I was reading The Everlasting Man today and happened to read a section most appropriate for today's Gospel readings.
"The exaltation of childhood is something which we do really understand; but it was by no means a thing that was then [during Christ's time] in that sense understood. If we wanted an example of the originality of the Gospel, we could hardly take a stronger or more startling one. Nearly two thousand years afterwards we happen to find ourselves in a mood that does really feel the mystical charm of the child; we express it in romances and regrets about childhood, in Peter Pan or The Child's Garden of Verses. And we can say of the words of Christ with so angry an anti-Christian as Swinburne:--
'No sign that ever was given
To faithful or faithless eyes
Showed ever beyond clouds riven
So clear a paradise.
Earth's creeds may be seventy times seven
And blood have defiled each creed
But if such be the kingdom of heaven
It must be heaven indeed.'
But that paradise was not clear until Christianity had gradually cleared it. The pagan world, as such, would not have understood any such thing as a serious suggestion that a child is higher or holier than a man. It would have seemed like the suggestion that a tadpole is higher or holier than a frog. To the merely rationalistic mind, it would sound like saying that a bud must be more beautiful than a flower or that an unripe apple must be better than a ripe one. In other words, this modern feeling is an entirely mystical feeling. It is quite as mystical as the cult of virginity; in fact it is the cult of virginity. But pagan antiquity had much more idea of the holiness of the virgin than of the holiness of the child. For various reasons we have come nowadays to venerate children; perhaps partly because we envy children for still doing what men used to do; such as play simple games and enjoy fairy-tales. Over and above this, however, there is a great deal of real and subtle psychology in our appreciation of childhood; but if we turn it into a modern discovery, we must once more admit that the historical Jesus of Nazareth had already covered it two thousand years too soon. There was certainly nothing in the world around him to help him to the discovery. Here Christ was indeed human; but more human that a human being was then likely to be. Peter Pan does not belong to the world of Pan but the world of Peter."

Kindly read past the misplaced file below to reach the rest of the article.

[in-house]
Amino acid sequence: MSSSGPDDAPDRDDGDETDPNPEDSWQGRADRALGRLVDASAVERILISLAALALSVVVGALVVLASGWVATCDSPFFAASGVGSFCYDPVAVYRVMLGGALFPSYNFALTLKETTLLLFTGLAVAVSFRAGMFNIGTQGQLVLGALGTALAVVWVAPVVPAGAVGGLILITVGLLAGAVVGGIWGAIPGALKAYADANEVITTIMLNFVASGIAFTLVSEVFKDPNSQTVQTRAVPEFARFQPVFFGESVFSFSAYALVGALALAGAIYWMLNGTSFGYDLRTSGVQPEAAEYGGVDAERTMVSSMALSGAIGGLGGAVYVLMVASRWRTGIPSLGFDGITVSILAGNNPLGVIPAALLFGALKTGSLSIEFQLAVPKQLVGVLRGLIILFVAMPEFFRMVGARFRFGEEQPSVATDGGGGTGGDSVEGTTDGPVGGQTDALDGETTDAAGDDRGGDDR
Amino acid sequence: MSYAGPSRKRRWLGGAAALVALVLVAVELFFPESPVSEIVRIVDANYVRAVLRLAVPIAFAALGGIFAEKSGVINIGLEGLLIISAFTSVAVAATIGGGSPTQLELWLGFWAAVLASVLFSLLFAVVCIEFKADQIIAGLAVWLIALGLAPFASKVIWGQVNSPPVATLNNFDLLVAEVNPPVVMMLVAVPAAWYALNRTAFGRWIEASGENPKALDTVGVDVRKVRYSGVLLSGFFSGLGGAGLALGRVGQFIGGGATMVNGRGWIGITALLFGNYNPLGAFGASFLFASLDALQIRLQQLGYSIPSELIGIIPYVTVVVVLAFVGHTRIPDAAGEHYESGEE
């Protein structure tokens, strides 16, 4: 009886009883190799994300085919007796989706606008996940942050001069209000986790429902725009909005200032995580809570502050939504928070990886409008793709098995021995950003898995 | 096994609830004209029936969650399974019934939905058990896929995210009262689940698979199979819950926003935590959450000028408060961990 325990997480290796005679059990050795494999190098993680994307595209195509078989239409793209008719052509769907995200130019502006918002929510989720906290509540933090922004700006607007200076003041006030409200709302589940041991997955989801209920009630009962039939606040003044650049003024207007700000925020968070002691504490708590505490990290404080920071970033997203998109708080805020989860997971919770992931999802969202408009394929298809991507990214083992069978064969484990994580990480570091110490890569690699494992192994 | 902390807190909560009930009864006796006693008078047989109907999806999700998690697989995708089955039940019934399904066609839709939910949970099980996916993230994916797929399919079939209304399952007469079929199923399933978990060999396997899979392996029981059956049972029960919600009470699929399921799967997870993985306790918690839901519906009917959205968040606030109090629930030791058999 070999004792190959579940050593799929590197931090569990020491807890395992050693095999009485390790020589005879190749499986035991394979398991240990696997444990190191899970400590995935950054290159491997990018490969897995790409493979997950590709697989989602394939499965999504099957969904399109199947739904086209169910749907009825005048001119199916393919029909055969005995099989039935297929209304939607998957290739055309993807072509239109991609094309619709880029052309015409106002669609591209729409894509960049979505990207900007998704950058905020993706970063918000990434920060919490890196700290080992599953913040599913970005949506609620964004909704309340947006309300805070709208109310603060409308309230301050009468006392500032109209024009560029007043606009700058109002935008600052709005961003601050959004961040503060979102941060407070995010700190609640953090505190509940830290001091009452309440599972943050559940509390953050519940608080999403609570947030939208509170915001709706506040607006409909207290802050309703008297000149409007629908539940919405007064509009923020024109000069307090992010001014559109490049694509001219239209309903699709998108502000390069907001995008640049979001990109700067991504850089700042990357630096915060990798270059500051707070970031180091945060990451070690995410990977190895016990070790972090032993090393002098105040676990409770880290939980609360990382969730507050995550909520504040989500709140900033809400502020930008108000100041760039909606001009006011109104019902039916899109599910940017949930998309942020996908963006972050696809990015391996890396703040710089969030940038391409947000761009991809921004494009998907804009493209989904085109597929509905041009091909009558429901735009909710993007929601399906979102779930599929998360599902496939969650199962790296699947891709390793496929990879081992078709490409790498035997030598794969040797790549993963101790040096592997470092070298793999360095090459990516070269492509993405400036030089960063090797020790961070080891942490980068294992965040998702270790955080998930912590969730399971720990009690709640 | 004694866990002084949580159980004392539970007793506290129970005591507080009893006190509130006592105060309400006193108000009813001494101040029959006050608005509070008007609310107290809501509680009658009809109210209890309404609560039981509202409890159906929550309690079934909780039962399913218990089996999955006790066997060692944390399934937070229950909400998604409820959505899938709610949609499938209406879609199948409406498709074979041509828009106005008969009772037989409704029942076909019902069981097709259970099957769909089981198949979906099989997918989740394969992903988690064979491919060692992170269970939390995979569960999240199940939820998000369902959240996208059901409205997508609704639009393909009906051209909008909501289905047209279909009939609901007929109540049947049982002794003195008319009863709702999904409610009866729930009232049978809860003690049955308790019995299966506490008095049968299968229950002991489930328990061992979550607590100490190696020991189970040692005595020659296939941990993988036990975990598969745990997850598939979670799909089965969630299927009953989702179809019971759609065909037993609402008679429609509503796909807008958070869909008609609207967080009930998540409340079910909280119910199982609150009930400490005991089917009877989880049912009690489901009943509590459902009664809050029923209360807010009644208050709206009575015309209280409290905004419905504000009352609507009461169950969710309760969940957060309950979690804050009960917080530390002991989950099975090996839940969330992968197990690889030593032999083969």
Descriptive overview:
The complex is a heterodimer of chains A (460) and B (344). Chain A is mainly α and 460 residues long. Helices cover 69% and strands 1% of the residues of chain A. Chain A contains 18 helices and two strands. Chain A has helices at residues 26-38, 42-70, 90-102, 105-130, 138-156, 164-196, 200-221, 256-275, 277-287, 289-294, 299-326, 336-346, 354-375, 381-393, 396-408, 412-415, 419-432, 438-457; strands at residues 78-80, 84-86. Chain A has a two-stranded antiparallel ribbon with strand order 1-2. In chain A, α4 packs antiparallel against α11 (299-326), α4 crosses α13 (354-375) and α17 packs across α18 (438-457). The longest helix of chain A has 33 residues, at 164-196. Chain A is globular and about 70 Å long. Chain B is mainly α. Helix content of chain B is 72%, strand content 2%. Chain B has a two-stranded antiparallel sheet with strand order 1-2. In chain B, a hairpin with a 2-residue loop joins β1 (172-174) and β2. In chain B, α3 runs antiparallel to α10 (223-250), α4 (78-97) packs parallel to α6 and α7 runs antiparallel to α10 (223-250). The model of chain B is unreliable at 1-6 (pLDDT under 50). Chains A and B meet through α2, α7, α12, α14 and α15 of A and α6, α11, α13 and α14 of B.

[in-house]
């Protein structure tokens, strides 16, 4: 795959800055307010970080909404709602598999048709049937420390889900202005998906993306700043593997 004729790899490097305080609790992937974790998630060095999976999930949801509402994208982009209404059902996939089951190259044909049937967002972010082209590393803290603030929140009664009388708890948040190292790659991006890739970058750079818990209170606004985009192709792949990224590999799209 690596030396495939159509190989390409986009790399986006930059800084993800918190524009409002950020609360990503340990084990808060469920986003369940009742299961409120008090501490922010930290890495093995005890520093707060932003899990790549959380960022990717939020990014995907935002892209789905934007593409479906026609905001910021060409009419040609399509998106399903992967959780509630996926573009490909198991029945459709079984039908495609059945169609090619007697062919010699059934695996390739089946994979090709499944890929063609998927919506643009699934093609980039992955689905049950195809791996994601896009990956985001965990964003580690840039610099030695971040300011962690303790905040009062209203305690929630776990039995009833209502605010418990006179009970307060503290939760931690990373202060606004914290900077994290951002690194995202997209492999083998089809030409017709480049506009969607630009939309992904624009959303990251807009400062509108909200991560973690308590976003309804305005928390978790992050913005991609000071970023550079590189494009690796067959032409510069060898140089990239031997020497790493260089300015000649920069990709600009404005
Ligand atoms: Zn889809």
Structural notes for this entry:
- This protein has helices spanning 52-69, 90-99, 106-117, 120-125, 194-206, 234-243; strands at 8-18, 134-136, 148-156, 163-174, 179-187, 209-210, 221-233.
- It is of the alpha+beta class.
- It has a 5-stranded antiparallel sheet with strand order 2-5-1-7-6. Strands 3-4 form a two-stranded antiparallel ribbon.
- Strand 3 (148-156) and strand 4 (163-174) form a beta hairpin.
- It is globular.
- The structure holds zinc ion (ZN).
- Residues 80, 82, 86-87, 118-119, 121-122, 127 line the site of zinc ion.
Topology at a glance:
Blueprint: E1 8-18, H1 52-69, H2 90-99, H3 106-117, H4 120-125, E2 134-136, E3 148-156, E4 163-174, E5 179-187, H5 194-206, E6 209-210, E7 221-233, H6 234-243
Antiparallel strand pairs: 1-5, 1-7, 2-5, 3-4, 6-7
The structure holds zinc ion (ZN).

---GKC in The Everlasting Man, the chapter entitled: "The Strangest Story in the World."